Being twenty-something also presented what seemed like easy opportunities to model or marry up, along with opportunities to break into print on someone else’s terms. In my estimation, these “opportunities” were not easy if I had to invest in something that had nothing to do with my ruling passion or something in conflict with that passion. It seemed a colossal waste of oh so precious time and energy to continually nurture those things.

My opinions, needs, and wants have changed over the years, as I’m sure is true for many. People take different roads, and the one I stumbled onto was the longest route possible. It had to allow for interminable growth and healing.

Some may remember the vision boards of the 90s. What I might have put on those boards at seventeen and twenty-one wouldn’t be on there now. Yeah, a bigger, better place is always great. I like a lot of space. I realized, though, I could be happy anywhere that is reasonably comfortable, and I’m happy with what I have. I don’t need a lot of money to do what I want in life. I’m already doing it. I love what I do and feel privileged to share it with anyone. (I’m talking about writing fiction now, not blogging, which I hate.)

Of course, it’s not a bad thing to want money. We have to want it. It pays the bills, gives you security. You can eat. It puts you in a position of being able to give it to people who need it. It allows you to pursue things you want to pursue. So yes, if anyone wanted to hand me a million dollars, I’d take it.

Being motivated to hustle and sell is another story. Caring about having that bestseller or how many books you’ve sold requires that hunger I had at seventeen and twenty-one. Yes, we all want it, but you may need to move a few mountains to get it and can’t be too lazy about that.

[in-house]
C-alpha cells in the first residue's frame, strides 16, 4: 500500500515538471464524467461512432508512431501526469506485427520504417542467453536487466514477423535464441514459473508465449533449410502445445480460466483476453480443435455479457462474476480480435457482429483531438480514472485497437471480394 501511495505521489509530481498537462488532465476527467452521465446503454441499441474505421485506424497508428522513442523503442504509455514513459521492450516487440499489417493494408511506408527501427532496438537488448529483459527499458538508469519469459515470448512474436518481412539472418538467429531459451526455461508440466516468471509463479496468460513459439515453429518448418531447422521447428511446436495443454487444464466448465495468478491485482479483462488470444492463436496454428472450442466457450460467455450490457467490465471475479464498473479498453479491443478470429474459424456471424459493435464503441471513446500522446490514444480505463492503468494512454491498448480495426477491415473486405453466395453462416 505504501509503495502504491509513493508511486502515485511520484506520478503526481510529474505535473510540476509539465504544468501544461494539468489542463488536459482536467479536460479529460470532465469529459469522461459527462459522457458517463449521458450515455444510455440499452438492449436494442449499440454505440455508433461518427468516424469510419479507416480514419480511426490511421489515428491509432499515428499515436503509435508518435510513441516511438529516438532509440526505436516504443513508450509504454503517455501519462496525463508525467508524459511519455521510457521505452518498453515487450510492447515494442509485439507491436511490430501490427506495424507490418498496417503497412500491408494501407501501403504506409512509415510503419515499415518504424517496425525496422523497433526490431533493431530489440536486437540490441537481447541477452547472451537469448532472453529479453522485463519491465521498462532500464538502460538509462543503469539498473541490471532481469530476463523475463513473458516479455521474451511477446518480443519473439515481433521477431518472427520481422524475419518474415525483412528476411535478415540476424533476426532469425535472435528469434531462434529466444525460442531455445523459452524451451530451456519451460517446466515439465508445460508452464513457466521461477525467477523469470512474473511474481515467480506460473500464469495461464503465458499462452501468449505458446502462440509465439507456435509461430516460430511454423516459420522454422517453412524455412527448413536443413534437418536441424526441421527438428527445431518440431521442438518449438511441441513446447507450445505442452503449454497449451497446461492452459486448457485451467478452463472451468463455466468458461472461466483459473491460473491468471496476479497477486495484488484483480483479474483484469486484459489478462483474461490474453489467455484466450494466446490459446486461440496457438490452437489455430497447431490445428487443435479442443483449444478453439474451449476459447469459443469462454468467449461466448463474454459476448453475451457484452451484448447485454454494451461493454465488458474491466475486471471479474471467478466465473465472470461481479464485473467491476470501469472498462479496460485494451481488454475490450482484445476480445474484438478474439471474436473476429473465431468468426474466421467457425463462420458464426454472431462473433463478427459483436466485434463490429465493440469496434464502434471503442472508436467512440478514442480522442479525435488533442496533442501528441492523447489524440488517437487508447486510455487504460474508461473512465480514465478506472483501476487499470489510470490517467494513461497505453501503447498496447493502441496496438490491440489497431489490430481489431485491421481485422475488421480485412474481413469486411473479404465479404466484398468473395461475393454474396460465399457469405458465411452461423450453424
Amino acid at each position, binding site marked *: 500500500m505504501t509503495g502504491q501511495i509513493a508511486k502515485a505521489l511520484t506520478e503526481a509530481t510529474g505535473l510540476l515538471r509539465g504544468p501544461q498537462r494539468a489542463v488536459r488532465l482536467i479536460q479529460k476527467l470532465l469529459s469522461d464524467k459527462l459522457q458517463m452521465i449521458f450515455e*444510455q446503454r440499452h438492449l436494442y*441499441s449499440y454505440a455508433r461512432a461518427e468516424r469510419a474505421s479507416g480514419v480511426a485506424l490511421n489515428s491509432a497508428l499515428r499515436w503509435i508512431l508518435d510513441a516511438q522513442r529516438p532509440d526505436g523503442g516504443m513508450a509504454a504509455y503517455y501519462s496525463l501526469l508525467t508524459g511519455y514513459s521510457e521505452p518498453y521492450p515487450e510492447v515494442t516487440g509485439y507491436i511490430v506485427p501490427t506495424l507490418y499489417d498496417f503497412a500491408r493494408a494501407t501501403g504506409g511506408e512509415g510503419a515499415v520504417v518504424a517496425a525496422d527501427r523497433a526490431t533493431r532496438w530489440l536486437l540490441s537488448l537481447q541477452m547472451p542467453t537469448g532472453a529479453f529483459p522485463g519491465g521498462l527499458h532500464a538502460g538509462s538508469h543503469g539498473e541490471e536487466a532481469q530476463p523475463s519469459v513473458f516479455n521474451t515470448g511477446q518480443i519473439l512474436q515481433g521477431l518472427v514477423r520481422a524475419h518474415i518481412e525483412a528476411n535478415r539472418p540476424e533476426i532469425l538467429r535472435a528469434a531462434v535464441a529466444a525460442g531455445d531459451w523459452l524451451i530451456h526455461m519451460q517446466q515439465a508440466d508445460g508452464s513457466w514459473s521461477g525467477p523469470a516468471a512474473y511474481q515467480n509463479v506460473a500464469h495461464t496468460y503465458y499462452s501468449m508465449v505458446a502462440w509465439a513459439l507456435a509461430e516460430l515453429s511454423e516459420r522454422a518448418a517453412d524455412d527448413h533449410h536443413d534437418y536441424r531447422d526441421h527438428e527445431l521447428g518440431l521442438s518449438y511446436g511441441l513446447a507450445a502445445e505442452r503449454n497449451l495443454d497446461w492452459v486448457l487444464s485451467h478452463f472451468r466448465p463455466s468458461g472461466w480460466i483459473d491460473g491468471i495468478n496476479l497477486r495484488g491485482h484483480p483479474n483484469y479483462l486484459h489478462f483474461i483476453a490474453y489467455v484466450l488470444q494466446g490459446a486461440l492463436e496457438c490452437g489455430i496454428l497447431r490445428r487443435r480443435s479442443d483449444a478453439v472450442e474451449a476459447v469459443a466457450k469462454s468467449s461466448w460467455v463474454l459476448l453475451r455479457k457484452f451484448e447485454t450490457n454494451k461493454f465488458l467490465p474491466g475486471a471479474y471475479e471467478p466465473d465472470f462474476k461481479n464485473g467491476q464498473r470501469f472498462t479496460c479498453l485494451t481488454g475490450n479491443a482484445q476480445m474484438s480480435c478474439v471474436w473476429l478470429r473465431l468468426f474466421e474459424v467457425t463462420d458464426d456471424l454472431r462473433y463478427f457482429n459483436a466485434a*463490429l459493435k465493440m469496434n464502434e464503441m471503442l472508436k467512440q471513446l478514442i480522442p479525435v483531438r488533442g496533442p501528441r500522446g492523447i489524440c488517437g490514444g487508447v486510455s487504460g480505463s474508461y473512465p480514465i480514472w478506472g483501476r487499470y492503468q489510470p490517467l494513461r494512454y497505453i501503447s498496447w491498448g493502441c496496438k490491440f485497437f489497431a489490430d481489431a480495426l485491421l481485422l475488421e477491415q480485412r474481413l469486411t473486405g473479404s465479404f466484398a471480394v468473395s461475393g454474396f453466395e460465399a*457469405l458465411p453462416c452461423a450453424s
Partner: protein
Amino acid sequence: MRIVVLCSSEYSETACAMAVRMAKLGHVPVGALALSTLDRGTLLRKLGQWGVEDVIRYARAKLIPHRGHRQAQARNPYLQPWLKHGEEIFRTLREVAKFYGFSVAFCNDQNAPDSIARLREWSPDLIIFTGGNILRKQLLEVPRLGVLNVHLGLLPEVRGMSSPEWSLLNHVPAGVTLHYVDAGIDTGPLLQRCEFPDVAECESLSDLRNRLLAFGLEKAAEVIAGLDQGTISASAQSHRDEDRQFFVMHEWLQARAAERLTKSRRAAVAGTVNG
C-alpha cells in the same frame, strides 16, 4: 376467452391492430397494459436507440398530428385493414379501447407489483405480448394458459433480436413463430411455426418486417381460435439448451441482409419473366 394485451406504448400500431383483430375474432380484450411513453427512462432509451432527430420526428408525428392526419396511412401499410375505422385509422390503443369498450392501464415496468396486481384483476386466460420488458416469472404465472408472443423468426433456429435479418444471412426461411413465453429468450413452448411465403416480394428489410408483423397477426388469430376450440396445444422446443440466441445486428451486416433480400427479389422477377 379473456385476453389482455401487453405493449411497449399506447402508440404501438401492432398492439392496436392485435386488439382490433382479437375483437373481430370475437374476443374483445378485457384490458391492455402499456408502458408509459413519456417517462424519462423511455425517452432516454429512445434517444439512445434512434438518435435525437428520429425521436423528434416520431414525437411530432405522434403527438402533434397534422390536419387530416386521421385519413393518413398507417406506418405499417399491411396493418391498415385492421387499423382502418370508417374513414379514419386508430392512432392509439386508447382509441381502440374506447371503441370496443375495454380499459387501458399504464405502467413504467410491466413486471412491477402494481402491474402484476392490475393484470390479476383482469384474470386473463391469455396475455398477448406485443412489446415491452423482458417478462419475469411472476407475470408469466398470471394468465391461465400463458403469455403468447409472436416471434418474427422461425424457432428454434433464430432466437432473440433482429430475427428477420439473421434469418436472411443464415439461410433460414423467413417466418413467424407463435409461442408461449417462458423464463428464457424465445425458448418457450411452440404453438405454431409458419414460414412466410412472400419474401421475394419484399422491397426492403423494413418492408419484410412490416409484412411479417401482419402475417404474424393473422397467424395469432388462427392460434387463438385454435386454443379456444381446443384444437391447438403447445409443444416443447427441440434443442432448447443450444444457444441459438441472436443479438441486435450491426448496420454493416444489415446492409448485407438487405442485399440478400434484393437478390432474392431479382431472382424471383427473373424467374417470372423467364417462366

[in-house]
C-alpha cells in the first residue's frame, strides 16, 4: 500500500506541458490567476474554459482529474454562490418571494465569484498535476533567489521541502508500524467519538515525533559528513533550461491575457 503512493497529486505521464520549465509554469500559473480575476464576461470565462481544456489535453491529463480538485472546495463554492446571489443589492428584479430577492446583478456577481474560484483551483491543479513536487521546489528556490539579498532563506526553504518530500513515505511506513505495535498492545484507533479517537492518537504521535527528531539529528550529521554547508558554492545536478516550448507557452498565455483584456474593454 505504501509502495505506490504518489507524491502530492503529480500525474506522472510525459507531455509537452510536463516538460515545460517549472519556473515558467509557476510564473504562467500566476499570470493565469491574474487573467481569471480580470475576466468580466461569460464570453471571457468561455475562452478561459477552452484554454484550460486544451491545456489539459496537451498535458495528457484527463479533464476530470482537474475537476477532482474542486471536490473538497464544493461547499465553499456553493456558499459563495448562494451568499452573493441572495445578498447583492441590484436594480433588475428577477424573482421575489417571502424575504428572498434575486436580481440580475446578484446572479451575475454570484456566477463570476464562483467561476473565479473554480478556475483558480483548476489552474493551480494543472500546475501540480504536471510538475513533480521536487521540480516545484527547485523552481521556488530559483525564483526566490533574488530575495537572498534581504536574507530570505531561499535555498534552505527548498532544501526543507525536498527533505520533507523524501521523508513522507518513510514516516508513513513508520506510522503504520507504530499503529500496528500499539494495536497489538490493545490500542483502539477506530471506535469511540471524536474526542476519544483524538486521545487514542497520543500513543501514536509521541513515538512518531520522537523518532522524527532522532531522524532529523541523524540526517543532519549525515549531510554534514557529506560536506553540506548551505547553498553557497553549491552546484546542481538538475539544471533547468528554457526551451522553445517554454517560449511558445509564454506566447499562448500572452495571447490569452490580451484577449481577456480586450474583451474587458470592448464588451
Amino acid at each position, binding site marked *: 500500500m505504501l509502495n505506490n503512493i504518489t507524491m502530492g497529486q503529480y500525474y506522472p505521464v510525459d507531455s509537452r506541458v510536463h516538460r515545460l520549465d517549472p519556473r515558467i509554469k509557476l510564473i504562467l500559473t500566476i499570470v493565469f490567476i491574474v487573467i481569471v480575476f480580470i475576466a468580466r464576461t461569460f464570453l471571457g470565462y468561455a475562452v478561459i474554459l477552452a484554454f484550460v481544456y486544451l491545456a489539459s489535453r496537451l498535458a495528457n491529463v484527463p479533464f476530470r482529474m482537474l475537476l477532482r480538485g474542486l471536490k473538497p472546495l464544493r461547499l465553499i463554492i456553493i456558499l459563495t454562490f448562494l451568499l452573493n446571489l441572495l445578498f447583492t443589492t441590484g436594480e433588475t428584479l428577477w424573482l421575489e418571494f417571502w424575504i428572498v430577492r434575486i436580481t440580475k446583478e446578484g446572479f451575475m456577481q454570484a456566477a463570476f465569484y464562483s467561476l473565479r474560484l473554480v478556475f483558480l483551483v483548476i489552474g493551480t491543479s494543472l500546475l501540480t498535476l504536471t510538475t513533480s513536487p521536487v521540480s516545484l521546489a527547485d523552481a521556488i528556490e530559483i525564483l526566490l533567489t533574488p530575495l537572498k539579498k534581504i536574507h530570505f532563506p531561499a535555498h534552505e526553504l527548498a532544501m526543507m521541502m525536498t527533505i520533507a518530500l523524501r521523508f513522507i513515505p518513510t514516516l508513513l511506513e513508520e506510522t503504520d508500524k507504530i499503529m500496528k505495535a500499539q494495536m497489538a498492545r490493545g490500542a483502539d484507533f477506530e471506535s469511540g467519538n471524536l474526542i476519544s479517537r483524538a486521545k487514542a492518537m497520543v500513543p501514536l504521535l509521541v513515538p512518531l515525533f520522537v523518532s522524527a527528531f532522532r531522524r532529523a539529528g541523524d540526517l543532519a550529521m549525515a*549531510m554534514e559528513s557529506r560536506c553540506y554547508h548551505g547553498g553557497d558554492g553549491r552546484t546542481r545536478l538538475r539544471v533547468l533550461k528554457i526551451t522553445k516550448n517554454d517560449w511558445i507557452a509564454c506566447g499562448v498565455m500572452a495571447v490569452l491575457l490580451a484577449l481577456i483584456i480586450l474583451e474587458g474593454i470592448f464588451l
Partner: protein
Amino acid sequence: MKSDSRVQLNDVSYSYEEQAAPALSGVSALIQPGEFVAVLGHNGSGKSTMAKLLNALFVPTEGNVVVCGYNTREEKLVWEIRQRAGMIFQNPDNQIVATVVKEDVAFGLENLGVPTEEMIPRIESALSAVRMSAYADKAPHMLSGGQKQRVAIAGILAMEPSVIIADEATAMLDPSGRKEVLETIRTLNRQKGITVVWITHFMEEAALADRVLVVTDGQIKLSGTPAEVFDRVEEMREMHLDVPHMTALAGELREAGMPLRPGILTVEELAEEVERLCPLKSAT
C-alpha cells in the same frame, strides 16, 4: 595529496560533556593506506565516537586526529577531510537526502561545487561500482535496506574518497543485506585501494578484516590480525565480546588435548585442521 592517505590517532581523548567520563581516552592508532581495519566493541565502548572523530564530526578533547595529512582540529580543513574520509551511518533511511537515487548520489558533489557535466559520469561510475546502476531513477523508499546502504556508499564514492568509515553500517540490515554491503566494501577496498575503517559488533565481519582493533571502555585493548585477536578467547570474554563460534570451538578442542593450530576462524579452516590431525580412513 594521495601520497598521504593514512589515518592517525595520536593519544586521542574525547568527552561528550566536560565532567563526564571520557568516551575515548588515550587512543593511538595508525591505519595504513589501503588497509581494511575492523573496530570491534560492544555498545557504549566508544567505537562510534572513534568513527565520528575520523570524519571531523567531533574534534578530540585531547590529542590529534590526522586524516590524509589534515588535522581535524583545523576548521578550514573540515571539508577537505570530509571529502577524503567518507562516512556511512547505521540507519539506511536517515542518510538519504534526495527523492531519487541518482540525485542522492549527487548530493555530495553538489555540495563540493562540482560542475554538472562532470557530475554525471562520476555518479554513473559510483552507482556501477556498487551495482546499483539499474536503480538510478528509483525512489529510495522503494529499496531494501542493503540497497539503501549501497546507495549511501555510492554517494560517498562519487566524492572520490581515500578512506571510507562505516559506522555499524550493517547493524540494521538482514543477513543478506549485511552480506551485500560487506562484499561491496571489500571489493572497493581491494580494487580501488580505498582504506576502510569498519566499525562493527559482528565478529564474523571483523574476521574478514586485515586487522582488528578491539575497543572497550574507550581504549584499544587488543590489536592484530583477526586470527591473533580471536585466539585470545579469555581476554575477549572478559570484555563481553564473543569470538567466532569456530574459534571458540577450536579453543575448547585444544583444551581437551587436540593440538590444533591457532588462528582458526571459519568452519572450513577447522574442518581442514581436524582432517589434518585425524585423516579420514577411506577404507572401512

It’s seems easy enough to pretend to be what everyone wants and say all the things people want to hear so that you can sell a gazillion books, right? I know the sort of things I’d need to say and do in that regard and yet still find it impossible. I’m sure I am far from alone in that.

If what I contribute to the world has the best possible impact on someone, it’s well worth it to me. So, yes, every time another person reaches out to express his or her appreciation, it’s hard to want more than that.

The motivation to provide an escape, make fantasies come to life and deliver messages of hope in this bizarre world, remains. Far as that goes, I have come full circle, back to my childhood heart.

Above all, however, writing is the ultimate refuge. In constantly feeling the world’s pain, individually and collectively, that, too, becomes part of the motivation. Writing, for me, is that comforting place. Even those who write dark literature would agree that what horror they write pales in comparison to real world horrors. We want those blessed intervals of complete, total control of what is happening, and what happens next. We can delude ourselves, but more often, we share the suffering, the healing through a process of grief, and sometimes we fix the broken in ways we can’t do in life.